August 4, 2021: Malawi's Peter Mawanga and Florida's Trevor Bystrom shared their new single "Katiswe" from their forth coming EP Mawanga & Bystrom, to be released on September 1.
"The song utilizes a swirling mix of acoustic and electric guitar, vibrant horns, and of course a kaleidoscope of percussion," said Glide Magazine. "The duo incorporates their own separate influences and the result is a high energy, worldly folk-funk that beckons you to dance. It is fascinating to hear how they found so much chemistry being in completely different corners of the world, but you would never know how much distance was between them in the way they harmonize and intermingle their instrumental talents."
“The pandemic has shown us that what we hold dear can also destroy us,” says Mawanga of the meaning behind "Katiswe," which translates to "it will crush us" in English. Bystrom adds, “The high energy groove keeps me up and moving from the second it starts to the second it ends. This song was a beast to mix in the studio.”
For the duration of their unlikely friendship, the two singer-songwriters, who met over Facebook, have never been on the same continent let alone in the same room together. And yet, despite the ocean between them, the duo has managed to emerge from COVID-19 lockdowns with a collaborative EP as delightful as it is unexpected, one that fuses American and Malawian culture into an adventurous, inventive, and deeply moving testament to our shared humanity.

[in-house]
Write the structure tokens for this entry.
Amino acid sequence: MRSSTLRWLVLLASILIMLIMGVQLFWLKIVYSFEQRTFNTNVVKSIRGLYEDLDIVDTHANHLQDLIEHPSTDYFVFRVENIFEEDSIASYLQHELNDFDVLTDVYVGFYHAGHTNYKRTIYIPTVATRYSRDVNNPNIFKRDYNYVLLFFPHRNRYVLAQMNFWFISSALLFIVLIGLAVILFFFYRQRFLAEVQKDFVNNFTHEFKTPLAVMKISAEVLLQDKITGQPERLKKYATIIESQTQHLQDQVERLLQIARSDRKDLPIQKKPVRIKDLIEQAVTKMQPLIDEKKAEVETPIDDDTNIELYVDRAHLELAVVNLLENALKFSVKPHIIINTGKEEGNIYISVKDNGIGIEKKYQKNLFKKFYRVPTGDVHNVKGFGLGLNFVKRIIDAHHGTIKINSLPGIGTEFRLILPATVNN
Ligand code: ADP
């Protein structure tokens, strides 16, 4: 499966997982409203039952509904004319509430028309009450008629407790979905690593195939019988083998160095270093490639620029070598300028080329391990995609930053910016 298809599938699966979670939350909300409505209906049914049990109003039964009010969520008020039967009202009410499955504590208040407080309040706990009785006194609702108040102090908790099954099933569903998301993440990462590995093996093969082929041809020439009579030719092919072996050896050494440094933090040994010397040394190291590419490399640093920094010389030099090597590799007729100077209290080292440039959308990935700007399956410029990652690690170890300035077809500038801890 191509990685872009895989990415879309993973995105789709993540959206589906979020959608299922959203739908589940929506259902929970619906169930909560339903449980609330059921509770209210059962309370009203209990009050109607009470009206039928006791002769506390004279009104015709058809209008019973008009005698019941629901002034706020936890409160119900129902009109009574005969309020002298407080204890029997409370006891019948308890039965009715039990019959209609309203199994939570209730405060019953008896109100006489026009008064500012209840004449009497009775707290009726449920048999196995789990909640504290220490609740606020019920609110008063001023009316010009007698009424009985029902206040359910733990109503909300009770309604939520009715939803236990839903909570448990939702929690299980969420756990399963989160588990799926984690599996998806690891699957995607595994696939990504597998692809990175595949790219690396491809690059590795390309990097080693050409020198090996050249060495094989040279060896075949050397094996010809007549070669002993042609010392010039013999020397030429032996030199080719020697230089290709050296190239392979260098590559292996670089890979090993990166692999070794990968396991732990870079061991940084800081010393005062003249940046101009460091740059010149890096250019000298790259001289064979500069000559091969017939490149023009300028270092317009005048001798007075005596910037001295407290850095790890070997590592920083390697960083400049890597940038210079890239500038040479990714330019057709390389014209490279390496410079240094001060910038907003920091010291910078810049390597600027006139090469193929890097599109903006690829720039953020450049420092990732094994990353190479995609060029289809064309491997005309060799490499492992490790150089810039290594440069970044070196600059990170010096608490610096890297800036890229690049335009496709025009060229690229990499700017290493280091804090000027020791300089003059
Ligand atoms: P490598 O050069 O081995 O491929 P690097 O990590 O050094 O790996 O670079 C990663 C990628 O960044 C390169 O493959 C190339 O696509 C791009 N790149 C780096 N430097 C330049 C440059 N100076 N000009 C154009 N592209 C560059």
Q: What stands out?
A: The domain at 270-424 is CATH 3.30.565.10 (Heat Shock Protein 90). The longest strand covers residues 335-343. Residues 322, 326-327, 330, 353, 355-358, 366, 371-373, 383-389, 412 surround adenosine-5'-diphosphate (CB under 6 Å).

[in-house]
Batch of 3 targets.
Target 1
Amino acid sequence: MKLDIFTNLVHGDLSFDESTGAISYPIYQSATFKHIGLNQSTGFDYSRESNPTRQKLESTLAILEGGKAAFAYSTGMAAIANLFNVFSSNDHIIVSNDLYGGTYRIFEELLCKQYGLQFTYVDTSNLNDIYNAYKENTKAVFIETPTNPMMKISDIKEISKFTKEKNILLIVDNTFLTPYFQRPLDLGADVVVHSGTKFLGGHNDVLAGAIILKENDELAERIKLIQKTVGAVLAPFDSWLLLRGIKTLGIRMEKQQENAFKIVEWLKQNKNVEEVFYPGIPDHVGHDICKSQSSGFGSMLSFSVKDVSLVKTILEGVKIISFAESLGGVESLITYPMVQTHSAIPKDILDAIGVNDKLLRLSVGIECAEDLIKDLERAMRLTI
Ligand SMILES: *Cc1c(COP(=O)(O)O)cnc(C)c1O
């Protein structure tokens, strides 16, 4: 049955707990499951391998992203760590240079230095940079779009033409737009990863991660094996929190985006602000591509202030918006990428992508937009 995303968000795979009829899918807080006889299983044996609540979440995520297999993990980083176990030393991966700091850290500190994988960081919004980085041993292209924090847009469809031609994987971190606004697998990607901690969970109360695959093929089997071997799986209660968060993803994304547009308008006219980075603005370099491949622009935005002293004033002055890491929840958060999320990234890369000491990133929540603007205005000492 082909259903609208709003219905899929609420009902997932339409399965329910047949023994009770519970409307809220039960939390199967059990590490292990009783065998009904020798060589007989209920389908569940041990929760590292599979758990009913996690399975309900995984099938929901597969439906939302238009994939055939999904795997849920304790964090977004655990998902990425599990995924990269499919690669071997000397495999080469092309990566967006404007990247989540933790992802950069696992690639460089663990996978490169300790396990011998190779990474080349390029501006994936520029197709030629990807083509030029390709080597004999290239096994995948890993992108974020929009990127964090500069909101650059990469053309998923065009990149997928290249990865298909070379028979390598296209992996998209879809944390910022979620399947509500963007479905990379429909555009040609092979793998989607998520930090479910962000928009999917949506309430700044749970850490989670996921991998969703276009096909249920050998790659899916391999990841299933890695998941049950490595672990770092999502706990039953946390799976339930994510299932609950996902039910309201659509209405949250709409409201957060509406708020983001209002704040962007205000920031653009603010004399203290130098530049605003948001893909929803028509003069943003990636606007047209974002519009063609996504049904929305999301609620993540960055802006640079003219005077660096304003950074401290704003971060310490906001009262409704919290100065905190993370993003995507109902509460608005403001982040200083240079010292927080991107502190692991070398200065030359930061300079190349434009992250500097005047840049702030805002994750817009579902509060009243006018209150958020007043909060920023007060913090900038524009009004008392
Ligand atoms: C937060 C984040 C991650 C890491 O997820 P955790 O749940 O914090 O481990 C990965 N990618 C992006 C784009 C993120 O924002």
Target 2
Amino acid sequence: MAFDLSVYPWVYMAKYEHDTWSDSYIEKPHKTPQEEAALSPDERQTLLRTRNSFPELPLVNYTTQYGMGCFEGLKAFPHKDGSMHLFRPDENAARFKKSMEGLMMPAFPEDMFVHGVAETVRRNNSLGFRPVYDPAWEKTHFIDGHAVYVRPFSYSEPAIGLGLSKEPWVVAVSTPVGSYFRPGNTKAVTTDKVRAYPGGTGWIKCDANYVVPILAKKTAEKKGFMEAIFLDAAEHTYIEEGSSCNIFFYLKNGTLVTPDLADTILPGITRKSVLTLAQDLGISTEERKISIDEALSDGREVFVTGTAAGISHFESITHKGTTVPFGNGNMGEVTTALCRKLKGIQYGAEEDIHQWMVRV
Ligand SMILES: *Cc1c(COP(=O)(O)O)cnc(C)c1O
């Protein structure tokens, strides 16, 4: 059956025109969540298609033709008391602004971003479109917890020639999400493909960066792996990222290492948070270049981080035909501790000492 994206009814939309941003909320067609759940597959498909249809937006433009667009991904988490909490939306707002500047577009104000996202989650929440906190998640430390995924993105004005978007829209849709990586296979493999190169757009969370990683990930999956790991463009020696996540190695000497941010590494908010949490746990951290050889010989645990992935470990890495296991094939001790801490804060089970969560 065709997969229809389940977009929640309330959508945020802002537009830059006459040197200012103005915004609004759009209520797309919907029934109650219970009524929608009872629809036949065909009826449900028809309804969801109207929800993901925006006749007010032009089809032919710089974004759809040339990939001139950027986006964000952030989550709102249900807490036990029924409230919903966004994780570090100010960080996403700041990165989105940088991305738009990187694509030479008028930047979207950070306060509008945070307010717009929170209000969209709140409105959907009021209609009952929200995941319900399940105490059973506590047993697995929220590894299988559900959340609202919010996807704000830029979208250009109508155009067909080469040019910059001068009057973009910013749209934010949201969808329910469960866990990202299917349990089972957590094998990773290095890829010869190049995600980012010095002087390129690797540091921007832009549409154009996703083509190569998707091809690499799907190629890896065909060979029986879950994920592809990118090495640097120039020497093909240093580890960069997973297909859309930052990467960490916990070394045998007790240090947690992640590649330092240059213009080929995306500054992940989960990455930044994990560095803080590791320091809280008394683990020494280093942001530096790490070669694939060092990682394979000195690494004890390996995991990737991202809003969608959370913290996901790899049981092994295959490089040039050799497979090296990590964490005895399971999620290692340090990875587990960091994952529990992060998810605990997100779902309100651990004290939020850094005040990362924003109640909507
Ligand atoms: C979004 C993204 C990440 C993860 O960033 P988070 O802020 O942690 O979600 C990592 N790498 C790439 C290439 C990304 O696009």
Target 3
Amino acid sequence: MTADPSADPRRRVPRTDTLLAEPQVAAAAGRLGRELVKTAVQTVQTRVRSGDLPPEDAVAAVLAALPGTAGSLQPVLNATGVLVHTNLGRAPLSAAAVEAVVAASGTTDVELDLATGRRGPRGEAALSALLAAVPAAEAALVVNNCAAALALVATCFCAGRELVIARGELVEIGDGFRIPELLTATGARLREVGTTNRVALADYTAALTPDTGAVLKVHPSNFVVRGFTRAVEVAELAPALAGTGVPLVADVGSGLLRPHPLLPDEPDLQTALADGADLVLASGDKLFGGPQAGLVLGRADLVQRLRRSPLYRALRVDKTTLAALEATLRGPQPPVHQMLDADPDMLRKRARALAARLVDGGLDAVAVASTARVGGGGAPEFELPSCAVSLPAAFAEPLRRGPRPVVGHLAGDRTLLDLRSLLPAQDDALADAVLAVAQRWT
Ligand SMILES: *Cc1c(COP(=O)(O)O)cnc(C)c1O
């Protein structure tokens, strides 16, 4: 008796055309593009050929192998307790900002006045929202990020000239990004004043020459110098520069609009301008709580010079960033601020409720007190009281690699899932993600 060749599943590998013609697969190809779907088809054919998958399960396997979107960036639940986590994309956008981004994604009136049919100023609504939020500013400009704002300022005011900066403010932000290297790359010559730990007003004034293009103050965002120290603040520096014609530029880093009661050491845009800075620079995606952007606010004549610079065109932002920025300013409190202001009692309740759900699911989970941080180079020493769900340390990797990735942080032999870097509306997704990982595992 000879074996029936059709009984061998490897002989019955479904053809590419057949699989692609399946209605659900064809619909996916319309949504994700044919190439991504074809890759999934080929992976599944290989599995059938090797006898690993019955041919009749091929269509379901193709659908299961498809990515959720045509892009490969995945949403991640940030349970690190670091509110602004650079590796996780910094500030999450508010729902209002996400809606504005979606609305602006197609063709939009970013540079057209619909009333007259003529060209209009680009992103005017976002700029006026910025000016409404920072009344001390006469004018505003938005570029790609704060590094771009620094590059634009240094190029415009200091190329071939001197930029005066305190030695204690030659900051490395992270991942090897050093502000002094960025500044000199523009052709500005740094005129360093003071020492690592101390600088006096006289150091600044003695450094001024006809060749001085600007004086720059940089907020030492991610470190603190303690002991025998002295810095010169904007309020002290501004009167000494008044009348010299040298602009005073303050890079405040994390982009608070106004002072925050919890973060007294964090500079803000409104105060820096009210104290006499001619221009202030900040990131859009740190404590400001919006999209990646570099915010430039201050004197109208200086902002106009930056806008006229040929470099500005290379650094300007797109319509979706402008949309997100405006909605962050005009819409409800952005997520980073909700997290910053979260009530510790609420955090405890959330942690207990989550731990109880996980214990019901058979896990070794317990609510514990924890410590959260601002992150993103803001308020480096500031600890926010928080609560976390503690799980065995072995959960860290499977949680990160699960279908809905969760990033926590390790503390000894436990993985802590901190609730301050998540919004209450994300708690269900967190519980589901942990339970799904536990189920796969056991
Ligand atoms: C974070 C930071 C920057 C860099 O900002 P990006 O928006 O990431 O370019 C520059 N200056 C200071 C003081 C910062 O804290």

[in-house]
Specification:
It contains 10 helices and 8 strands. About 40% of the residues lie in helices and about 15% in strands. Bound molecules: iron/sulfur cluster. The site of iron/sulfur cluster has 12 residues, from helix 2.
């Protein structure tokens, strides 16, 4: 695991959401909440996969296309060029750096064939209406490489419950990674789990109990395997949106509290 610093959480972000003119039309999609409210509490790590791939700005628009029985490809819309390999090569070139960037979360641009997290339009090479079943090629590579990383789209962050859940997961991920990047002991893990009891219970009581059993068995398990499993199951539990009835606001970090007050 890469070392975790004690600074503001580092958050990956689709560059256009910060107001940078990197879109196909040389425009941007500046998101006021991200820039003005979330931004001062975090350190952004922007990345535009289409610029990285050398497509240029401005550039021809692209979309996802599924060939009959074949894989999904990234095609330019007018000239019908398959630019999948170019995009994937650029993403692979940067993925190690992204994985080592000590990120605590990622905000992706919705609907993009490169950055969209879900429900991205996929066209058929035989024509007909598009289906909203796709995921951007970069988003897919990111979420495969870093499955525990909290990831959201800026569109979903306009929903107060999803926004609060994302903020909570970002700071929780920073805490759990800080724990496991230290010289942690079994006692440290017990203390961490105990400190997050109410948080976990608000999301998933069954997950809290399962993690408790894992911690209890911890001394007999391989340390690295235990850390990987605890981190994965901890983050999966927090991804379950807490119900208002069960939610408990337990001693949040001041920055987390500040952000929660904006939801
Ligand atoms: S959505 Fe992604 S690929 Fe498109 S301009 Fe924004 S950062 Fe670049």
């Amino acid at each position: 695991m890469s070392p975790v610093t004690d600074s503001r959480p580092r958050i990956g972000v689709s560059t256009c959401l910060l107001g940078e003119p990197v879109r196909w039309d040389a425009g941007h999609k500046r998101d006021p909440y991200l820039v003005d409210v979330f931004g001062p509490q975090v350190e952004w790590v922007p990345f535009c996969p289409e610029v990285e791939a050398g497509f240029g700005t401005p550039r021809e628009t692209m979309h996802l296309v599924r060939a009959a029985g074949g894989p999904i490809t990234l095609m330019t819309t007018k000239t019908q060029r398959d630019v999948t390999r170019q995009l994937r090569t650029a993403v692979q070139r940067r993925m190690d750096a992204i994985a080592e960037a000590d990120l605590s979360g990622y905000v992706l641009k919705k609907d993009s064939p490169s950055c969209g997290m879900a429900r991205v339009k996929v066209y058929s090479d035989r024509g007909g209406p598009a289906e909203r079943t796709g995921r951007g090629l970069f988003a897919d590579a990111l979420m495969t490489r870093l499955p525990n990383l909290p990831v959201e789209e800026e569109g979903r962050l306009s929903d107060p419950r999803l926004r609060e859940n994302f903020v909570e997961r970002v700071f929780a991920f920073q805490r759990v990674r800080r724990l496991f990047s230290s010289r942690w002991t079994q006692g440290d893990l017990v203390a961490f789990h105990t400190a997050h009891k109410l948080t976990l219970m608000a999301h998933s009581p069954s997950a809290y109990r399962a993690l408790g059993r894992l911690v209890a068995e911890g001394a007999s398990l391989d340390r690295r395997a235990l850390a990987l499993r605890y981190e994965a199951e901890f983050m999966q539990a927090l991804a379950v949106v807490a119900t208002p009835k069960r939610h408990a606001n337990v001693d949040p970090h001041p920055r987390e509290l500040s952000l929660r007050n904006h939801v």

Last month, Mawanga and Bystrom shared their debut single from the EP "Some Day," which AfroPop Worldwide described as a, "sweet shuffling, Afropop conversation."
“Music is the universal language,” says Mawanga. “We live in a global village these days, and songs have no borders or boundaries.”
Mawanga & Bystrom is proof of that. Recorded remotely at Bystrom’s studio in Holmes Beach, Florida, and Mawanga’s studio in the East African nation of Malawi, the six-track EP is a celebration of connection and unity, mixing traditional Malawian rhythms and instruments—like the nsansi (thumb piano), visekese (shakers), and marimba (xylophone)—with contemporary American folk and rock music to craft a sound that’s at once foreign and familiar, joyful and meditative, playful and profound.